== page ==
Bude North Cornwall

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Crackington Haven

Bude North Cornwall
Bude North Cornwall
Bude North Cornwall
Bude North Cornwall


Several years ago the phrase "the liveliest peace of Cornwall" was coined to describe the pleasure of Bude and its environment, and despite the fact that it has now become the centre for several Festivals, little has changed to alter this claim. The natural beauty of the surrounding countryside and rugged coastline have been carefully preserved. Crisp, clean sands, great Atlantic surfing rollers, a high rate of sunshine and walks with magnificent views of Bude Bay, are there for the visitors' enjoyment and always will be. The choice is yours: whether to soak up the excitement and atmosphere of one of the Festivals, or to just soak up the peace and sheer beauty of the environment, whether to participate in the many and varied activities or to relax totally in a town renowned for its helpful friendliness. One word of warning though - we have it on good authority that one visit to Bude is rarely enough - many visitors return again and again to experience this "the loveliest peace of Cornwall".




South West Water has completed the first "Clean Sweep" programme in Bude to guarantee clean bathing water on Bude's beaches. Water quality testing takes place on a regular basis and results are consistently amongst the best in the country. Please note there are restrictions on taking dogs on certain beaches from April to October. Ask at Bude Visitor Centre for full details.


CROOKLETS AND SUMMERLEAZE are the two fine Bude beaches, of which mention has been made before. It is possible, at low tide, to walk to Summerleaze from Sandymouth, Northcott Mouth or Crooklets - please check on the tide times and make sure you won't be trapped against the cliffs by the incoming tide.


WIDEMOUTH BAY - the most easily accessible and largest of the beaches, lying adjacent to the coast road. Black Rock stands proud of the rest of the rocks on the beach which create a large number of interesting rock pools.


DUCKPOOL - a delightful little cove at the end of Coombe Valley.


SANDYMOUTH - except at high tide this is a magnificent stretch of firm golden sand, with many rock pools, reached by driving down a winding country lane. The car park and cafe are run by the National Trust.


NORTHCOTT MOUTH - again, except at high tide, a beautiful sandy beach interspersed with many rock pools.


CRACKINGTON HAVEN - A delightful spot, with a sandy beach, surrounded by stretches of down-land covered with golden gorse.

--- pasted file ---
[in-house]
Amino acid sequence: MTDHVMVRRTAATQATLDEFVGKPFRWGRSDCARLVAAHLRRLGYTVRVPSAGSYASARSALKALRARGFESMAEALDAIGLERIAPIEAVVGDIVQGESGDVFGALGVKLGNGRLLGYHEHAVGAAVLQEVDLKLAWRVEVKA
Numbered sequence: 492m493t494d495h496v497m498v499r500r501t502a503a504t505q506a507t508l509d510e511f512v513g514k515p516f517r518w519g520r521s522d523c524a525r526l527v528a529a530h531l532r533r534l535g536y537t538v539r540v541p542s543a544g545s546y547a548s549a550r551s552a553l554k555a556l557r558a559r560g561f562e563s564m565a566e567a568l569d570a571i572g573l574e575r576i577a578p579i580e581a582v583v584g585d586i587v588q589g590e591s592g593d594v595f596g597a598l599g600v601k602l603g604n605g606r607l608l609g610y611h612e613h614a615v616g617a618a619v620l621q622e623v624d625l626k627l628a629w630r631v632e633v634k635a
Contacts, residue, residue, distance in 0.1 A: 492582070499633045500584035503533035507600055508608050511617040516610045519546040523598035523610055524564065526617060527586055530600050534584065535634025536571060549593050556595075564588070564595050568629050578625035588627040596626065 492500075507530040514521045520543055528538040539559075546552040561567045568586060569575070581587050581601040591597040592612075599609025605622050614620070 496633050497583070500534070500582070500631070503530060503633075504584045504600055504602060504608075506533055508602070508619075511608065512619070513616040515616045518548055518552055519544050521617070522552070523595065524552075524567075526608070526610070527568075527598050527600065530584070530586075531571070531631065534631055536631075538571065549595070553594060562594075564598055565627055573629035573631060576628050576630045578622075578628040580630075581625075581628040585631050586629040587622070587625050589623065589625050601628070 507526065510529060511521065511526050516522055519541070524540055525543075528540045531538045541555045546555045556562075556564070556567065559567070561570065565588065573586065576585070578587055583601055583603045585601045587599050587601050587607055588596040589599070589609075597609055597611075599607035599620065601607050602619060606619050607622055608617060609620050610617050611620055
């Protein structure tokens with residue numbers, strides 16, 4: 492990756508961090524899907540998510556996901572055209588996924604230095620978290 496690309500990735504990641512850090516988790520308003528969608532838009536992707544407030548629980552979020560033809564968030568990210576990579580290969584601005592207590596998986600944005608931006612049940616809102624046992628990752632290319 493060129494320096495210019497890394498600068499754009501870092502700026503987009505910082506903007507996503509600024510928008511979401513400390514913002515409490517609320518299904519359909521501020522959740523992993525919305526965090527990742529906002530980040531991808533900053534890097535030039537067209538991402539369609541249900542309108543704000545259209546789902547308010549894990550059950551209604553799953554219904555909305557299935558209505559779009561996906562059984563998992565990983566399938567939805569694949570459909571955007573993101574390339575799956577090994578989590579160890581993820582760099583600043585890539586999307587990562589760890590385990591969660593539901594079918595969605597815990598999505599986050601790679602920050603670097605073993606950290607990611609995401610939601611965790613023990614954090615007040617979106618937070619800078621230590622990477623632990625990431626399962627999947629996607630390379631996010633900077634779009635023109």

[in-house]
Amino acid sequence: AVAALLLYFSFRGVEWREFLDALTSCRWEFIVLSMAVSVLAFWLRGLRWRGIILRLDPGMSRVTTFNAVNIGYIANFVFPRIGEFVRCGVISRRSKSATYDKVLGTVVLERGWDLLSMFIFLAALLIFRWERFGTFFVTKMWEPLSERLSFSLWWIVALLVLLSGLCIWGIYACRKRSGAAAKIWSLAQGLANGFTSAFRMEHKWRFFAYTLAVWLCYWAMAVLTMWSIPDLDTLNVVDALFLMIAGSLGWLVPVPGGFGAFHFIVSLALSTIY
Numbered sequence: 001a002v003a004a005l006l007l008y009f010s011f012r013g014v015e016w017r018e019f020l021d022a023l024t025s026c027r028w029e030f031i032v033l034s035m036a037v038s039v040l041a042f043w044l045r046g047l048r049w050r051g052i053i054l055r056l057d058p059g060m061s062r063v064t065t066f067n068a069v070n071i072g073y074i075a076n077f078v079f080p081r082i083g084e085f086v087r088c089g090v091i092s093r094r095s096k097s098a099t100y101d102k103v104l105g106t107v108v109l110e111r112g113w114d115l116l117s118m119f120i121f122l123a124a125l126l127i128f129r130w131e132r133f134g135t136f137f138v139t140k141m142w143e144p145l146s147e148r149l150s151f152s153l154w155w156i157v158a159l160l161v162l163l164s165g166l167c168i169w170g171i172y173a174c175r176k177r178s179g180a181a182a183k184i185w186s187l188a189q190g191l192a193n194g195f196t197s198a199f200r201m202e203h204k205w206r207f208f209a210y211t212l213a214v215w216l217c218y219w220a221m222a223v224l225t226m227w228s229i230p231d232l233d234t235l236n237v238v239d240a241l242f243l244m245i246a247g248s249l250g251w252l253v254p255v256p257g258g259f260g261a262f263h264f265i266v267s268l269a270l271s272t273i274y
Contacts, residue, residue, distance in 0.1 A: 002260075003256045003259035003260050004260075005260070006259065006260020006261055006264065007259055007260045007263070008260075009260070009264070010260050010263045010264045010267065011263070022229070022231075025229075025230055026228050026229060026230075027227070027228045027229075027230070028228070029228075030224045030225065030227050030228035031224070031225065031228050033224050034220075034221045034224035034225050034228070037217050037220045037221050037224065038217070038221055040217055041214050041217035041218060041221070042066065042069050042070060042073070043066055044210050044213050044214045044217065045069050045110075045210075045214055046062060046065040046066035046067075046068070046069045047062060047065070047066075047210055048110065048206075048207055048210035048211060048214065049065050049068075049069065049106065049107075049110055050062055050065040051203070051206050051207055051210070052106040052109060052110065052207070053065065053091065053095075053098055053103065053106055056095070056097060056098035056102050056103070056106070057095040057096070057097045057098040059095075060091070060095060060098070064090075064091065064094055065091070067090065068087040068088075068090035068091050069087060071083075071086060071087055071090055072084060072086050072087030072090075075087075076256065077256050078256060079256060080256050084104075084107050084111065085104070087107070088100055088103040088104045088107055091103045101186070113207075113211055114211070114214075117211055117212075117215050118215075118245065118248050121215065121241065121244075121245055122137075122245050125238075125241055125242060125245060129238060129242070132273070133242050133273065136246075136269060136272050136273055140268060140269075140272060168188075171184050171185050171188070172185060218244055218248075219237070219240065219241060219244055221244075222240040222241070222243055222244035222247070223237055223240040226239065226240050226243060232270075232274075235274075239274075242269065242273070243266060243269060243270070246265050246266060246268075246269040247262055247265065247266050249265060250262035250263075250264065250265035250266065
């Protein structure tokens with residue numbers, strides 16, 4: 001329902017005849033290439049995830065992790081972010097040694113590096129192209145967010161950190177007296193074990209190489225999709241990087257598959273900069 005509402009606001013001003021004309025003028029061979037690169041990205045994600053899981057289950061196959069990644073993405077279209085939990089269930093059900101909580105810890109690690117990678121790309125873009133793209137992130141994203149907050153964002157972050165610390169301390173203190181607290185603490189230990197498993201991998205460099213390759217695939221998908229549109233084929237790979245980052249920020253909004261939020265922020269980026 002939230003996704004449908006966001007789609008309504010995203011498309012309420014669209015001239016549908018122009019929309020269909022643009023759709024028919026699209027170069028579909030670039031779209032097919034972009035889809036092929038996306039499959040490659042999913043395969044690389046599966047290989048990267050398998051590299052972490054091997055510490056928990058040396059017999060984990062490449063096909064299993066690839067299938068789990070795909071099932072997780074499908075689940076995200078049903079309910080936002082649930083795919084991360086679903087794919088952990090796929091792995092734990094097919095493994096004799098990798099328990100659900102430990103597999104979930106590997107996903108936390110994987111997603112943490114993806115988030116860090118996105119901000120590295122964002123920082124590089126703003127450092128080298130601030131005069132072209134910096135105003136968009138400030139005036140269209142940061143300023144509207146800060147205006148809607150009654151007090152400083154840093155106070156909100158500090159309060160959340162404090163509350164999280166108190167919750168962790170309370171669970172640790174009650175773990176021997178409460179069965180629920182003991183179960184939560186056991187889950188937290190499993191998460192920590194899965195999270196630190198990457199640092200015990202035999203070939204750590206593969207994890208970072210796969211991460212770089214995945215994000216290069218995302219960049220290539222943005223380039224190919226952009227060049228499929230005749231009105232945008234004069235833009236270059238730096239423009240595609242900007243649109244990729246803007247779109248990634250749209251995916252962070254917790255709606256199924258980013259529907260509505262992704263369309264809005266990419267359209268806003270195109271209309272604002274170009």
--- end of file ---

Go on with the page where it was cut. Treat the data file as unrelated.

But there's more to Bude than just sea and sand. You'll find superb sport facilities, a fascinating museum, 18-hole golf course, bustling shopping centre and many fine restaurants. And away from the pounding surf is the calm of Bude Canal, where you can fish, canoe or simply stroll.


The folk of Bude know how to throw a party, too. Each August the town taps its toes to the rhythms of the week-long Bude Jazz Festival, with its international artists and New Orleans-style street parades. Other festivities include carnivals, shows and Xmas torchlight processions.


Each summer the town swings to the rooty tooty rhythms of the famous Bude Jazz Festival, and then there's the Cajun music festival, a spectacular carnival and Lifeboat day in August.


If all this excitement gets too much, take time off to explore Bude's past, on display in the museum housed in the former canal smithy. Nearby stands a small castle built in 1830 by Sir Goldsworthy Gurney, engineer and inventor of the steam carriage


The Bude Canal Wharf Area


The Bude Canal was built primarily to transport sea sand, rich in lime, to farms in North Cornwall & West Devon, where the soil was poor. Sea-going vessels using the sea lock with a depth of 15 feet on an average spring tide brought coastal cargoes of limestone coal and general merchandise. The lock is one of the last working sea locks in the country and well worth a visit.


HELEBRIDGE - The first part of the Bude Canal, from the sea locks to Helebridge, is a traditional barge lock canal, and is still navigable, although the lock gates at Rodds Bridge and Whalesborough have long since been replaced with concrete spillways. A level canalside walk, either to Helebridge and back, or travelling via Upton or Widemouth Bay, back to Bude, takes in not only the canal, but also the nature reserve, and a wide variety of differing wildlife habitat. At Helebridge itself, after crossing the A39, one can see the old wharf area, and the restored barge workshop, where the local council have set up a pleasant picnic area.






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